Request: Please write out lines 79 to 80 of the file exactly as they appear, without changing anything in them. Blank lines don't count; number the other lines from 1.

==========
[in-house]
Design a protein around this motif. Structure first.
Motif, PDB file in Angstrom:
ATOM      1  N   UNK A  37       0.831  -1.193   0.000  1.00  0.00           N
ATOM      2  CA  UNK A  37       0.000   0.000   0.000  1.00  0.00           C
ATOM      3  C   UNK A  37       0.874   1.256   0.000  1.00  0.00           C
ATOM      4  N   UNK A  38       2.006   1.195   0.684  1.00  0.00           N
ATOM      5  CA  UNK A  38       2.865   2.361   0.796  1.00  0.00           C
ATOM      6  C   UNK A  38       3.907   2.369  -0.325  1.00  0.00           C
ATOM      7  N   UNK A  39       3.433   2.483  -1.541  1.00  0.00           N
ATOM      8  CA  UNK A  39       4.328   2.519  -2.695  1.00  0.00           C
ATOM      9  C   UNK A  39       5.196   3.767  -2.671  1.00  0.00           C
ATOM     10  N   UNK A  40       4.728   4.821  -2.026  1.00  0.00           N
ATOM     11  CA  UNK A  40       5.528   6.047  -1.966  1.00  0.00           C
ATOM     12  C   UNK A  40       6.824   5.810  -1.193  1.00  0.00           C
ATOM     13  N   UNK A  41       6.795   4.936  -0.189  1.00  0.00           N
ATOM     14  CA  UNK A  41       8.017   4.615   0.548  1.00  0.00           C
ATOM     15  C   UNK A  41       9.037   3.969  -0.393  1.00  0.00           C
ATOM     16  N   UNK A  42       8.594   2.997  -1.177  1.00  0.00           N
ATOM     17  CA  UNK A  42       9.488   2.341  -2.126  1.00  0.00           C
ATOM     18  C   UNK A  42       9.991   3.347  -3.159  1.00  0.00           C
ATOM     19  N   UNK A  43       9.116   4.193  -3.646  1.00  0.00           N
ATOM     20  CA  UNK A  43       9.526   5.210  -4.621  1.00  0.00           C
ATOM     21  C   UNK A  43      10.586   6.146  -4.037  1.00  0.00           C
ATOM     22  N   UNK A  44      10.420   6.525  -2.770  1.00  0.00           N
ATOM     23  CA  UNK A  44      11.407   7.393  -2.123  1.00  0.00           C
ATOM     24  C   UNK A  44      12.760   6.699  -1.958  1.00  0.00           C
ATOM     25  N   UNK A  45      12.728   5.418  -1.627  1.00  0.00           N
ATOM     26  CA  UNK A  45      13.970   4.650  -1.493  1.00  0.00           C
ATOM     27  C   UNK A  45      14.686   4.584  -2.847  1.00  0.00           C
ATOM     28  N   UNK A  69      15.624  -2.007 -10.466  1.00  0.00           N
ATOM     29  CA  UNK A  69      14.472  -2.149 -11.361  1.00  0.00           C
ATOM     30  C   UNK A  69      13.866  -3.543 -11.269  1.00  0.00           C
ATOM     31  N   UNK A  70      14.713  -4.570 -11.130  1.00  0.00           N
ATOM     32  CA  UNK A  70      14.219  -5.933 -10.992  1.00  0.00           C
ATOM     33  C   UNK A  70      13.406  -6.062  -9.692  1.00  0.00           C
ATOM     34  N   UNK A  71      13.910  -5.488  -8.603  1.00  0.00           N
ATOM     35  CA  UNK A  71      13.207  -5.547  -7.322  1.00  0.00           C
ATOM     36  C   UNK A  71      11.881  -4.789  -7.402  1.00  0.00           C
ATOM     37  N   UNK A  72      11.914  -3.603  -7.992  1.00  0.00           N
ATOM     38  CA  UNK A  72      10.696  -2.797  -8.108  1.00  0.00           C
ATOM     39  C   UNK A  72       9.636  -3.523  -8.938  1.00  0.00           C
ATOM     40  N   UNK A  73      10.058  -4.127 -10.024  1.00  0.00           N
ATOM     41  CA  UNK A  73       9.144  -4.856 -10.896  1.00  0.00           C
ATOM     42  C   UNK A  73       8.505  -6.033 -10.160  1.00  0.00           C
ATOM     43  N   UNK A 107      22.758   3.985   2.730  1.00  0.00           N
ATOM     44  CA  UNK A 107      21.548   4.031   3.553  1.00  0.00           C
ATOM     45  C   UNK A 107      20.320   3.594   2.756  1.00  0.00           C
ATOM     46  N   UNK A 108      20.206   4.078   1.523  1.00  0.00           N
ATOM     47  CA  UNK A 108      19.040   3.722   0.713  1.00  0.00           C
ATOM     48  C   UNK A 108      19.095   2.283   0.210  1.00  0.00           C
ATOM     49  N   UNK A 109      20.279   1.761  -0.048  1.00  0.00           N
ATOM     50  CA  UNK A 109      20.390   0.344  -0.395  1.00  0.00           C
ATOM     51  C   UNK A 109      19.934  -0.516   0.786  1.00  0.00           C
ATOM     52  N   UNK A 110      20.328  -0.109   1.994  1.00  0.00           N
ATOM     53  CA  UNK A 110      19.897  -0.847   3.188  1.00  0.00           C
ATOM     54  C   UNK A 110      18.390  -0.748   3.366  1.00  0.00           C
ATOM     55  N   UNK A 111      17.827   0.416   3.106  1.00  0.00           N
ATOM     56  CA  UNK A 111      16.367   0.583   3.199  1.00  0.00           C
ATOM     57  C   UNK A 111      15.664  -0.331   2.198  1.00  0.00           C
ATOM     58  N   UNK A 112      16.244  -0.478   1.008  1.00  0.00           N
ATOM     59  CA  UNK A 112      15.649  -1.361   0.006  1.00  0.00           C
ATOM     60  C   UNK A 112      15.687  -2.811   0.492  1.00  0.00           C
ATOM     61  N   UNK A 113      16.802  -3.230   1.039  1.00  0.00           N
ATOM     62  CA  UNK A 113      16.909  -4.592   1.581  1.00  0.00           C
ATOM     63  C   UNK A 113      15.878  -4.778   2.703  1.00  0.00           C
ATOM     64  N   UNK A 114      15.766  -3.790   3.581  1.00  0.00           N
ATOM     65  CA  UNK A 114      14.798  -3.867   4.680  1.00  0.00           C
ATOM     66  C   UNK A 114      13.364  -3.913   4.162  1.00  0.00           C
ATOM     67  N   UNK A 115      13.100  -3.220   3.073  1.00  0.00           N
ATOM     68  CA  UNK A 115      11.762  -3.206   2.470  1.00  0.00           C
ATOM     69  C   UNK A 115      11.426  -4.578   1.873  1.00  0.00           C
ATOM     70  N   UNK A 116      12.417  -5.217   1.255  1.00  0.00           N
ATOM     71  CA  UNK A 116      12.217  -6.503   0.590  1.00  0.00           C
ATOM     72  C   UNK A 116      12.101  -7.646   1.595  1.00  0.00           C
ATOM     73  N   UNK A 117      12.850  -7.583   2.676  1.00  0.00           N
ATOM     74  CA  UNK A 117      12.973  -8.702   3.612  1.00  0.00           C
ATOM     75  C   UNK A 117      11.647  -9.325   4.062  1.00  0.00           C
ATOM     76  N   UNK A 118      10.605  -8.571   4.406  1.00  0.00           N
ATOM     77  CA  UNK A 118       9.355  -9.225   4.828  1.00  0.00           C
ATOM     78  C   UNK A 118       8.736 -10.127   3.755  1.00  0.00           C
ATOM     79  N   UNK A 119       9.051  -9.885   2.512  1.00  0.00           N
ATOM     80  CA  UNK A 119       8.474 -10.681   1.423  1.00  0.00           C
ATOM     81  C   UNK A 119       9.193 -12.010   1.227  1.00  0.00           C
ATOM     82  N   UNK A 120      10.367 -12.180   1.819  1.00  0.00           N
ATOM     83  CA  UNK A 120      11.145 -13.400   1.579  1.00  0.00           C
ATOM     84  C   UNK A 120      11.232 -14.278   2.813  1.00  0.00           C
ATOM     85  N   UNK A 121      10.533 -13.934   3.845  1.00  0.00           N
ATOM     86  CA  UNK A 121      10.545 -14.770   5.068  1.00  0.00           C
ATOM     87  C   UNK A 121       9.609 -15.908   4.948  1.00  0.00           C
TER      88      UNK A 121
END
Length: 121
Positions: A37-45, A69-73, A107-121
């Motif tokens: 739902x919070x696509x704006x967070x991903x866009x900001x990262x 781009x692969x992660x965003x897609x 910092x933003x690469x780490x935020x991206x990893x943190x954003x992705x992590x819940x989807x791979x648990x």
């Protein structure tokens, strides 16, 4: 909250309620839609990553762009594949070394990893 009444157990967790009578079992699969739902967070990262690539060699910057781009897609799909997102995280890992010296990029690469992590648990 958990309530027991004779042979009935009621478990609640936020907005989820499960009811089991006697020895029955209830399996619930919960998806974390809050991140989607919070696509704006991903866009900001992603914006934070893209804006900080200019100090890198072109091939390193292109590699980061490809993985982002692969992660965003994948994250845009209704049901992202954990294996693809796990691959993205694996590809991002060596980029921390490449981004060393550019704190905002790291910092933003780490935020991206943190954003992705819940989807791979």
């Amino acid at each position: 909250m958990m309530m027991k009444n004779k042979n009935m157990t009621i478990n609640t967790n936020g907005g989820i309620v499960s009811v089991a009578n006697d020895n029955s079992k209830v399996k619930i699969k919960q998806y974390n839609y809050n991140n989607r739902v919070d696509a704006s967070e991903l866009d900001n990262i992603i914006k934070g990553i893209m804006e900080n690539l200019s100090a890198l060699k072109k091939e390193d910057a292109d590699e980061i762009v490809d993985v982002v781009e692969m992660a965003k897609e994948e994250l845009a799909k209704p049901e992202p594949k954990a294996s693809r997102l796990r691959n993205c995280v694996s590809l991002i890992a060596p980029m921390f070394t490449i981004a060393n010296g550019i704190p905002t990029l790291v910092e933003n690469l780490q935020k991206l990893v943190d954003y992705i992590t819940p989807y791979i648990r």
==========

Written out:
ATOM     76  N   UNK A 118      10.605  -8.571   4.406  1.00  0.00           N
ATOM     77  CA  UNK A 118       9.355  -9.225   4.828  1.00  0.00           C